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Facebook frustrations: what we’re failing to do on social media

Full disclosure on my Facebook frustrations 

I am writing this mainly due to my current frustrations I have with my Facebook friends but also because I know that we’re all guilty of doing it. I just want to make sure we’re all on the same page. First, let me go through my own current frustrations.

 

COVID Facebook memes trump meaningful posts

 

I have a lot of friends on Facebook. At last count, I have over 900 of them. I do know all of them in real life (or at least a good chunk of them.) Be it them being family, old schoolmates, workmates, people I’ve met around the way, the heads add up. The main thing here – I have had human interaction with them at least once in my life. 

Because of this, I think they’d be more supportive when I post about my personal passions or things that I’m doing in my actual life. But they don’t. A post about a petition I started was ignored but another posting that I made less than 5 minutes later about an album I’m digging got 5 likes in mere minutes. 

Do you see how this could be offensive to those that are wanting the(ir) world to know about what’s truly interesting to them? Random COVID memes trump meaningful posts. Always.

I only saw 3 names I knew

When I created my petition on a topic that I’m truly passionate about, the bulk of the signers were total strangers that saw my post or tweet on the social channels. When I started to get high in numbers, a quick glance saw that I didn’t know a lot of them. 

My dad signed. My mom signed. A Geeks and Beats bandmate signed. 

Those were the only names that were familiar. I thought it was weird. Petitions don’t cost anything to sign. I do understand why it’s hard for people to continually fork out dough for Facebook charities. But what’s the reason behind not supporting your friend’s petition? They usually take less time to sign than it is to form a witty one-liner comment on Facebook – but I feel that friends think the wittiness is more important than invoking change.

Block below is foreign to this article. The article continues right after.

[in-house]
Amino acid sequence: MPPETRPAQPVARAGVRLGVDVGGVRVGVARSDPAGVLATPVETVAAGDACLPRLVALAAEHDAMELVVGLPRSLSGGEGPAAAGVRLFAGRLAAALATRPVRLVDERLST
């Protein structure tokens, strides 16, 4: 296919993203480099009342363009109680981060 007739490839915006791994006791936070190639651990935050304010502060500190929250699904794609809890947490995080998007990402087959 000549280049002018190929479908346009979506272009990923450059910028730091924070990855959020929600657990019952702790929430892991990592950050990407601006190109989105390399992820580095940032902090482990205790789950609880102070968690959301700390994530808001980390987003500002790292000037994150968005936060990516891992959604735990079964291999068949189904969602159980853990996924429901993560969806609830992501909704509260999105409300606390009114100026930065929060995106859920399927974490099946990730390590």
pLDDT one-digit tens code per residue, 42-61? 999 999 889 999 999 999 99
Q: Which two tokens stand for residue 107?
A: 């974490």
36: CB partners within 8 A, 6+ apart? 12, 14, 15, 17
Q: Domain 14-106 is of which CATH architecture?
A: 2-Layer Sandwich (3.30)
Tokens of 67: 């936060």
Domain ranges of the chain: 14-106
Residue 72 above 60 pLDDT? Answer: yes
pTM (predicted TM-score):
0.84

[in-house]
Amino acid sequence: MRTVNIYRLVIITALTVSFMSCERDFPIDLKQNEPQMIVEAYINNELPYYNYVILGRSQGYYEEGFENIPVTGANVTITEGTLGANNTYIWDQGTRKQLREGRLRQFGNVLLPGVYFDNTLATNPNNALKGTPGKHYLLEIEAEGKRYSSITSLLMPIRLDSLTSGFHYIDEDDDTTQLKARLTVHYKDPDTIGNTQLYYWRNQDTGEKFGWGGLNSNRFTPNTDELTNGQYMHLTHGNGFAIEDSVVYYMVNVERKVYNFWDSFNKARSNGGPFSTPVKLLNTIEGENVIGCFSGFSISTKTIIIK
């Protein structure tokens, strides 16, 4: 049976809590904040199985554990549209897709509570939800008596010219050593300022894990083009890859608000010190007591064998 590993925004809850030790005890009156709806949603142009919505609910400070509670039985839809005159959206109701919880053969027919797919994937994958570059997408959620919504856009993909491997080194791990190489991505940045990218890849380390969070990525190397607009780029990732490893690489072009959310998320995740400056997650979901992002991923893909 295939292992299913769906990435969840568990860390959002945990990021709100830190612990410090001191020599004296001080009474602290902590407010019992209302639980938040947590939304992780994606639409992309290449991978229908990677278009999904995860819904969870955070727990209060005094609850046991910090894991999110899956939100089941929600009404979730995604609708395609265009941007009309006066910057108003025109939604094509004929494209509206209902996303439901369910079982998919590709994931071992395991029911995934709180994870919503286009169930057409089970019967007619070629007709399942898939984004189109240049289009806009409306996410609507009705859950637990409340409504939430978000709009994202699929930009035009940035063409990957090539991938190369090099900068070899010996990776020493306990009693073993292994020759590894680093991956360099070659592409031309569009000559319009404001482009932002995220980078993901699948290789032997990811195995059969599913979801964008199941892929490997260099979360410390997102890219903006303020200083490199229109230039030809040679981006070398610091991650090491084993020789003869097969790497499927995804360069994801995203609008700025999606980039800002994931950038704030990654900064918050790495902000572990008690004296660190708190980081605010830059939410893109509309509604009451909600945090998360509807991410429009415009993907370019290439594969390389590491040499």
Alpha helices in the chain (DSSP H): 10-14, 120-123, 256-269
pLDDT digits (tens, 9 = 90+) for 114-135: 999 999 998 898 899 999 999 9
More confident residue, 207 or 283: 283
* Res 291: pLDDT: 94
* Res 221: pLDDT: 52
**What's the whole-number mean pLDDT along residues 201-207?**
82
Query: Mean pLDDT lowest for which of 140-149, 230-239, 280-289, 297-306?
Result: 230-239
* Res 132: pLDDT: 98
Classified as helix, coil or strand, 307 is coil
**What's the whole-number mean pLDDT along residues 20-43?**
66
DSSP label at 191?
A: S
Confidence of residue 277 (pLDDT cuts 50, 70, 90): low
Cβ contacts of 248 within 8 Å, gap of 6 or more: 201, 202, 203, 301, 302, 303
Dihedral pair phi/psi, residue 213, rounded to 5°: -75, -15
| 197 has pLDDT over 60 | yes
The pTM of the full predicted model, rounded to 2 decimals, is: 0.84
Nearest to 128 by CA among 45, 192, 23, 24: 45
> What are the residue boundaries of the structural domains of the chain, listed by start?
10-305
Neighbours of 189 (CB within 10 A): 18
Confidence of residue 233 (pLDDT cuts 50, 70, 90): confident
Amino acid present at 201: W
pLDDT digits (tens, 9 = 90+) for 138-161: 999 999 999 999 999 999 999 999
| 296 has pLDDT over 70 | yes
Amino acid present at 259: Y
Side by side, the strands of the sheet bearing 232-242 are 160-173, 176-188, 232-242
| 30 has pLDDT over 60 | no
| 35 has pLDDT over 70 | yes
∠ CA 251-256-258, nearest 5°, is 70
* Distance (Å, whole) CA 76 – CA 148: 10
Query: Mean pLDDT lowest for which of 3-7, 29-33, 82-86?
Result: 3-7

You’re not the only one, we’re all guilty of this

I have some very talented friends that do some really cool things. They also post about their cool things on social media, but I tend to just swipe by, wanting to click `like’ on their latest cat video.  

Why do I pass up the chance to `like’ something they’re actually and instead `like’ a funny that  won’t mean squat to them in less than an hour? Not sure. Are we avoiding genuine connection through the internet? Are we ignoring what’s real over what’s temporary? 

I would really like to find this out. It’s a  modern day human condition question. 

This experience has really hit home for some reason and has made me re-examine how we all put ourselves out in cyber land and if we’re actually being a supportive friend in the age where social media is where most of us will ever only interact with the majority of our friends. That being said, if it’s only through online social media meetings that we’re able to share and build with our friends, wouldn’t it make sense that we also support them in their personal passions? 

 

New rule:  be mindful of our cyber thumbprint for now on

 

Let’s be more mindful of how we present ourselves on social media. How about we take a bit more careful consideration on how we’re socializing online. Sure, it’s fun to chat about petty stuff, the news, Trump and cat videos but how about we take an extra effort to actually examine what’s actually going on and what our friends actually care about and focus on those posts rather than the former. 

This way, we’ll be supporting our friends and they’ll walk in confidence knowing that they their commune behind them, cheering their every move. Supporting each other is how we became friends in the first place. This didn’t end when our lives moved online.

 

And about that petition I mentioned earlier – here’s the link. 

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